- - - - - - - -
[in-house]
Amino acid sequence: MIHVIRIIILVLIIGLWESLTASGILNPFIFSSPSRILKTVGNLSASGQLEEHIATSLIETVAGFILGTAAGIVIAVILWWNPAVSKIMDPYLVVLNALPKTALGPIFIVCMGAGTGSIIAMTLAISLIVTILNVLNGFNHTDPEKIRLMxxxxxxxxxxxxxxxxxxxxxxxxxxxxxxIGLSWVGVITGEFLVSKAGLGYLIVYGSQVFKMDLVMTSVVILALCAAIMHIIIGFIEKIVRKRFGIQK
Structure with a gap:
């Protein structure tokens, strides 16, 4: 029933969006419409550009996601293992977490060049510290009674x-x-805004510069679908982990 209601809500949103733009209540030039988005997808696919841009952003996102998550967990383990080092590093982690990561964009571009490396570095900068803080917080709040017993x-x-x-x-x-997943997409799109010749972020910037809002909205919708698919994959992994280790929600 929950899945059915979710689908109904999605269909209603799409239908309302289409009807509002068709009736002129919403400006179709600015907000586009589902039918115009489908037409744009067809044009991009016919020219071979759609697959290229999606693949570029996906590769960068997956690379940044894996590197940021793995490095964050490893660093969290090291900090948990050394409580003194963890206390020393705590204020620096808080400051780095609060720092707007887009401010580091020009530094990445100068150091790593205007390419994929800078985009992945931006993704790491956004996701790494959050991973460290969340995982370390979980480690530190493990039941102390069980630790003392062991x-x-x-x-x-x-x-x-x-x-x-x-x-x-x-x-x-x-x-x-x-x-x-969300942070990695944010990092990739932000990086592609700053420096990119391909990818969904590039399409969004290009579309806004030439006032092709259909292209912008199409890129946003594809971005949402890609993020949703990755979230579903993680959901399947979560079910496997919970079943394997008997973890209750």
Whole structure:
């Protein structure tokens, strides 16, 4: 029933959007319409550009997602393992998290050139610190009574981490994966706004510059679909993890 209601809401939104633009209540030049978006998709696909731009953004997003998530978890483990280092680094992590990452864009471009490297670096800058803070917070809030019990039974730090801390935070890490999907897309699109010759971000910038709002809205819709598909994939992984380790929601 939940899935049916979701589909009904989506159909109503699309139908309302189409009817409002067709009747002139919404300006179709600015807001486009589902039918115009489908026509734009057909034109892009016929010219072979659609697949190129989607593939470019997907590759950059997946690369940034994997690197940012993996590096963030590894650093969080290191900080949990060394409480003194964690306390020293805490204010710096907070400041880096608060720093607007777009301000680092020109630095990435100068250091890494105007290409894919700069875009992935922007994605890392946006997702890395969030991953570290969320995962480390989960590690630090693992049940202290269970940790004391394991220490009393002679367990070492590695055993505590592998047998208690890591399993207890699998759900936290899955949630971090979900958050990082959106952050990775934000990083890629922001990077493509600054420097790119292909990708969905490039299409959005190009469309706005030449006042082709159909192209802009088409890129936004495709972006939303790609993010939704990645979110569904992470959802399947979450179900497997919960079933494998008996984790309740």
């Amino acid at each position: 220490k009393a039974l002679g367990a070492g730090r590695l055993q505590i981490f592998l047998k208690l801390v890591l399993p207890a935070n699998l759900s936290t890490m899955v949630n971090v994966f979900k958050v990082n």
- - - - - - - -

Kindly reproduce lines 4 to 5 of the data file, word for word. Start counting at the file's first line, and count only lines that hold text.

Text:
């Protein structure tokens, strides 16, 4: 029933969006419409550009996601293992977490060049510290009674x-x-805004510069679908982990 209601809500949103733009209540030039988005997808696919841009952003996102998550967990383990080092590093982690990561964009571009490396570095900068803080917080709040017993x-x-x-x-x-997943997409799109010749972020910037809002909205919708698919994959992994280790929600 929950899945059915979710689908109904999605269909209603799409239908309302289409009807509002068709009736002129919403400006179709600015907000586009589902039918115009489908037409744009067809044009991009016919020219071979759609697959290229999606693949570029996906590769960068997956690379940044894996590197940021793995490095964050490893660093969290090291900090948990050394409580003194963890206390020393705590204020620096808080400051780095609060720092707007887009401010580091020009530094990445100068150091790593205007390419994929800078985009992945931006993704790491956004996701790494959050991973460290969340995982370390979980480690530190493990039941102390069980630790003392062991x-x-x-x-x-x-x-x-x-x-x-x-x-x-x-x-x-x-x-x-x-x-x-969300942070990695944010990092990739932000990086592609700053420096990119391909990818969904590039399409969004290009579309806004030439006032092709259909292209912008199409890129946003594809971005949402890609993020949703990755979230579903993680959901399947979560079910496997919970079943394997008997973890209750």
Whole structure: